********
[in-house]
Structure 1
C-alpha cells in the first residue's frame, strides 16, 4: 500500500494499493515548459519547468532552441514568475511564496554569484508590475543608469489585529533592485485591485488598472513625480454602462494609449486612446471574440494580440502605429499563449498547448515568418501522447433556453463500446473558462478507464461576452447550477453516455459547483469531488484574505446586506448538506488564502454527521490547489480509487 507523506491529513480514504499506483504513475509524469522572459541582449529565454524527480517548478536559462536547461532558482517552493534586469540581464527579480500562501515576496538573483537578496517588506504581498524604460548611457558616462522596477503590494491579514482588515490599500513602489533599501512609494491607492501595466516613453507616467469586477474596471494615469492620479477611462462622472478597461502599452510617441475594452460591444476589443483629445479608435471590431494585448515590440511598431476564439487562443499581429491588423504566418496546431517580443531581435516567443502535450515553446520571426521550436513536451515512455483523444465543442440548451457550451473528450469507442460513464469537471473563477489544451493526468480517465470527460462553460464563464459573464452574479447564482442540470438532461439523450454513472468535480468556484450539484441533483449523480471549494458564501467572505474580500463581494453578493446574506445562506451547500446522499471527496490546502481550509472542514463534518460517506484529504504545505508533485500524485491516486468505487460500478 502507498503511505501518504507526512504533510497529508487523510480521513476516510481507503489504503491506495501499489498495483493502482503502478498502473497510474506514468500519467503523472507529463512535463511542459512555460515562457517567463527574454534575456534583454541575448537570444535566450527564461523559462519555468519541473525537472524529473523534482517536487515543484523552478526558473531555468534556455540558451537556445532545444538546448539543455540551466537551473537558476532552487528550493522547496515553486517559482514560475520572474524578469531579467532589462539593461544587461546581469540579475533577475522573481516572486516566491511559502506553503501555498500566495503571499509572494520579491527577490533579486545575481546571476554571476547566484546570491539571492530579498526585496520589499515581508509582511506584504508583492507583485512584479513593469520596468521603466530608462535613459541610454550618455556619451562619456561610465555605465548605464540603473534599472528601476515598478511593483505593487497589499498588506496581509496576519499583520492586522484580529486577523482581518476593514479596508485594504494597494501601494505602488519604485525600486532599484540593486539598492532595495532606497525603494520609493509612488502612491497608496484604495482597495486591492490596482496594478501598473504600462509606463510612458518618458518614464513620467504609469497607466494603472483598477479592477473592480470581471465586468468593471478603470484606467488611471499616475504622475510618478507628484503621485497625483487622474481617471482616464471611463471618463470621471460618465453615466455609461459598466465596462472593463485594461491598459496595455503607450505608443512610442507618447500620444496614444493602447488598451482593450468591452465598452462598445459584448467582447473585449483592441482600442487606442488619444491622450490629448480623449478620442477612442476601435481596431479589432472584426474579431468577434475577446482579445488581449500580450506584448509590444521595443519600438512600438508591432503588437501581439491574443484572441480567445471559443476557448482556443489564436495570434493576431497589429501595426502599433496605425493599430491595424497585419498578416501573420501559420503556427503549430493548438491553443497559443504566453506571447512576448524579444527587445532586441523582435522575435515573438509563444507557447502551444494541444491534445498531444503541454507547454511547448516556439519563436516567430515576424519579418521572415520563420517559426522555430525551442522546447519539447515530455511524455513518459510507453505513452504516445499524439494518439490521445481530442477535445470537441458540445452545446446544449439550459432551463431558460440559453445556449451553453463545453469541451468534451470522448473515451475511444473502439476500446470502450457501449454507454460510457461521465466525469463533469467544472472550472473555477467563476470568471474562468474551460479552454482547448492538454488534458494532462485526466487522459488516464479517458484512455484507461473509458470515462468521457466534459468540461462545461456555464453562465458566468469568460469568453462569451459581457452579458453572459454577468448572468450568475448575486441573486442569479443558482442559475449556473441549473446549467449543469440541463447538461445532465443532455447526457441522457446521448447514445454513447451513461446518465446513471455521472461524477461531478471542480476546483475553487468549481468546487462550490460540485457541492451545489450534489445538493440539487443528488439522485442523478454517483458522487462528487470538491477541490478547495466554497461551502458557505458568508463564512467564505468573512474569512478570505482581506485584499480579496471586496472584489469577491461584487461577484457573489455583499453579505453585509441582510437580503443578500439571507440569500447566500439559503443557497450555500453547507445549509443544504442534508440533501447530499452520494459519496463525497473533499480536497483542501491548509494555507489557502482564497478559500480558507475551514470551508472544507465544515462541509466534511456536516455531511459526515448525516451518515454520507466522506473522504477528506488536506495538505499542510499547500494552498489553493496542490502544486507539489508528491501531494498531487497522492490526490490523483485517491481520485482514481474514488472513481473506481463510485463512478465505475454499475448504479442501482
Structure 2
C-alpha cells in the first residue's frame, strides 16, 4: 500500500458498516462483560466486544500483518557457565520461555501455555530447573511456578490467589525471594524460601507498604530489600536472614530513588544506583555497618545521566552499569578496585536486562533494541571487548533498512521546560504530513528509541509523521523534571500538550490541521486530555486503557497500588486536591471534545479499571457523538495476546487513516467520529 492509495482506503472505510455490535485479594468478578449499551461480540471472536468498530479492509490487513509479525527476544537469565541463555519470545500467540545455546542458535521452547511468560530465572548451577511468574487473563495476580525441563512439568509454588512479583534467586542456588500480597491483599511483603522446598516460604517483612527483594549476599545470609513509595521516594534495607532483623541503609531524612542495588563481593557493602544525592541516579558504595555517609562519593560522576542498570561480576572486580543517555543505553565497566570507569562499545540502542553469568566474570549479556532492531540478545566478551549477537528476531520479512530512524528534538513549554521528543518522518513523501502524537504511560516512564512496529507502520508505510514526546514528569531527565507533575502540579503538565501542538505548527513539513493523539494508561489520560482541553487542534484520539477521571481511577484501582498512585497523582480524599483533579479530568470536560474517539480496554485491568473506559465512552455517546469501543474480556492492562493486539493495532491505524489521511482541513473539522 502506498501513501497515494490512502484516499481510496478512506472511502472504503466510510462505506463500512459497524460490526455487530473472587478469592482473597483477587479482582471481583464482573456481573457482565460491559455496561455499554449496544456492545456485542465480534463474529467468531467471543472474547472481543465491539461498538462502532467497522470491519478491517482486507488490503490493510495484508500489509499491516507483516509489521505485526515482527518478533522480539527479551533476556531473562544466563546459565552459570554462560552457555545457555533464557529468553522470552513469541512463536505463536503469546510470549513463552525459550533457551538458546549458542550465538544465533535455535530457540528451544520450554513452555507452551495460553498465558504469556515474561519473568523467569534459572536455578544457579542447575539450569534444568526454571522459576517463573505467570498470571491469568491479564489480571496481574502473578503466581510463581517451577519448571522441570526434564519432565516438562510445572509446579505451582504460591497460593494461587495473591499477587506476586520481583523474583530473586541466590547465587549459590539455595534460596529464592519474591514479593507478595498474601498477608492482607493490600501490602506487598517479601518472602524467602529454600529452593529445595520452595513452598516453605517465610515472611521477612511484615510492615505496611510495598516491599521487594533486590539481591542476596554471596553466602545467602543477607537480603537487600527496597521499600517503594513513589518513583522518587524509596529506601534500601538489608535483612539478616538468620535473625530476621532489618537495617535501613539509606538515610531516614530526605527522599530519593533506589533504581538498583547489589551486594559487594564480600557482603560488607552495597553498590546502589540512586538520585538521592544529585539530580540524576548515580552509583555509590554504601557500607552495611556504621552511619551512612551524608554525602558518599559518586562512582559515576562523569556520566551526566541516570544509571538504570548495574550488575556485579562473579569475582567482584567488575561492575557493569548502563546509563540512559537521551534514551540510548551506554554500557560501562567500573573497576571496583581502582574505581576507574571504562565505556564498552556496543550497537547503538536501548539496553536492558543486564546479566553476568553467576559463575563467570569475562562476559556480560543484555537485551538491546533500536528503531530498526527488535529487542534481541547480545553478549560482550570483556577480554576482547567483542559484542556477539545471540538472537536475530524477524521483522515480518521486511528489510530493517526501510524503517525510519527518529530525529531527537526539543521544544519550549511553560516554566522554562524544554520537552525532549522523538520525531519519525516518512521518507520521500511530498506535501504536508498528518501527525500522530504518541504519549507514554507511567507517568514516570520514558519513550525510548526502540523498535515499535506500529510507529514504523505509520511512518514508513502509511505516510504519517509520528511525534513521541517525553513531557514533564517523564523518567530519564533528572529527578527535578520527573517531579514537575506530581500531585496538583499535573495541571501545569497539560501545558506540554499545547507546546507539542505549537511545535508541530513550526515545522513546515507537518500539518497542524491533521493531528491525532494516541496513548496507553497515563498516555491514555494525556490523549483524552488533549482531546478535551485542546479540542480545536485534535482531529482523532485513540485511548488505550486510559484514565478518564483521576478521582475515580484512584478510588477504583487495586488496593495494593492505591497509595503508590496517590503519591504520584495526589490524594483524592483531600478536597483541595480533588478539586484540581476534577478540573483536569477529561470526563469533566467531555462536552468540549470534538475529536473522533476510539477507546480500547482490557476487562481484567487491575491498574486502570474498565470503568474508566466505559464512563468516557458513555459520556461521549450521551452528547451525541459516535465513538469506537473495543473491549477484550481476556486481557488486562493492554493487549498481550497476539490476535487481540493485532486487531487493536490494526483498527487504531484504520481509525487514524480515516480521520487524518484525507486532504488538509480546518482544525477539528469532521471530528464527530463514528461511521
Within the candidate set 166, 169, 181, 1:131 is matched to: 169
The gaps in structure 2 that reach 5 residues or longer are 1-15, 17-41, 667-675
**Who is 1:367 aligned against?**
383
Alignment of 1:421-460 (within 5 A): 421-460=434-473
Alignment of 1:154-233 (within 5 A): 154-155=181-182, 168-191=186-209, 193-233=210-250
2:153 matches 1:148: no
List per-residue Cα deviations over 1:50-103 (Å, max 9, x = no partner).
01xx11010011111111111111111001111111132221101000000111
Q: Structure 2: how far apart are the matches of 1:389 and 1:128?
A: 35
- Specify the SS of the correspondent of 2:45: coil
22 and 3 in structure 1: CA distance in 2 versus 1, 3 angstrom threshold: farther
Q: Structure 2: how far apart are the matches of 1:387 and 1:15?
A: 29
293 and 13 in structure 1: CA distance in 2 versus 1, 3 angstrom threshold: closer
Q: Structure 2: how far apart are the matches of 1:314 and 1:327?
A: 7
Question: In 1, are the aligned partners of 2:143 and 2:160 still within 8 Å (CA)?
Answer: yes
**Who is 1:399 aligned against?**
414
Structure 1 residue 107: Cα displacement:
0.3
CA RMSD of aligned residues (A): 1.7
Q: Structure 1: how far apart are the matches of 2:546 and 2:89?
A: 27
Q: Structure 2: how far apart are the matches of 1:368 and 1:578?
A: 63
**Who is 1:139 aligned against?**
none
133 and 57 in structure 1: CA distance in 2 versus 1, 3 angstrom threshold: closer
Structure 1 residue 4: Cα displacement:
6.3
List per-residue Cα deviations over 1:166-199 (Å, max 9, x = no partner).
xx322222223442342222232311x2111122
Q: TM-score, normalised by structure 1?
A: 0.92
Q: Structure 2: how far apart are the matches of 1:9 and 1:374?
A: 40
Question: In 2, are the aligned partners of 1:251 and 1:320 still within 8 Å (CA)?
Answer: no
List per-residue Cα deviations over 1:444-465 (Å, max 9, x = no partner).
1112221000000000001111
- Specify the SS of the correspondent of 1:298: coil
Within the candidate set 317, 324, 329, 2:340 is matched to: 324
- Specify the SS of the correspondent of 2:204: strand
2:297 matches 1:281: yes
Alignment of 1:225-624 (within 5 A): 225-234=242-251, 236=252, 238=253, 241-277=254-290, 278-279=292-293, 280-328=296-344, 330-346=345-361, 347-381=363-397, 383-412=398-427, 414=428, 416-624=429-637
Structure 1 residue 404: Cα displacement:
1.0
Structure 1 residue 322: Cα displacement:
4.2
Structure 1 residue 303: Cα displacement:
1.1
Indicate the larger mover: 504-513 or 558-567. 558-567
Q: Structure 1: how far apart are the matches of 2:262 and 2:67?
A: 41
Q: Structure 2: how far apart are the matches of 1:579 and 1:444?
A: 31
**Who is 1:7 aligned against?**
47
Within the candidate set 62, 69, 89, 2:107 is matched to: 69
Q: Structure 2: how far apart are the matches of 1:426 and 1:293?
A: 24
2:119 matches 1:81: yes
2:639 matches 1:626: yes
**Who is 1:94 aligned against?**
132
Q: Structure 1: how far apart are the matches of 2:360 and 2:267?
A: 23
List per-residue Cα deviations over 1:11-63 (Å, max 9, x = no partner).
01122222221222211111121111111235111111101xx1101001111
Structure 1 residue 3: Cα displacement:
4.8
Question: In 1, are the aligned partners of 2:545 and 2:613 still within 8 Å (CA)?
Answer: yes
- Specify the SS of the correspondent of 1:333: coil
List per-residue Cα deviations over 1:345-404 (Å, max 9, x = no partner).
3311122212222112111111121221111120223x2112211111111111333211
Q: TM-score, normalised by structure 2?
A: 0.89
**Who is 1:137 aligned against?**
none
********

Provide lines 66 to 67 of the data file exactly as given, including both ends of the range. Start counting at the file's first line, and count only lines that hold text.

**Who is 1:7 aligned against?**
47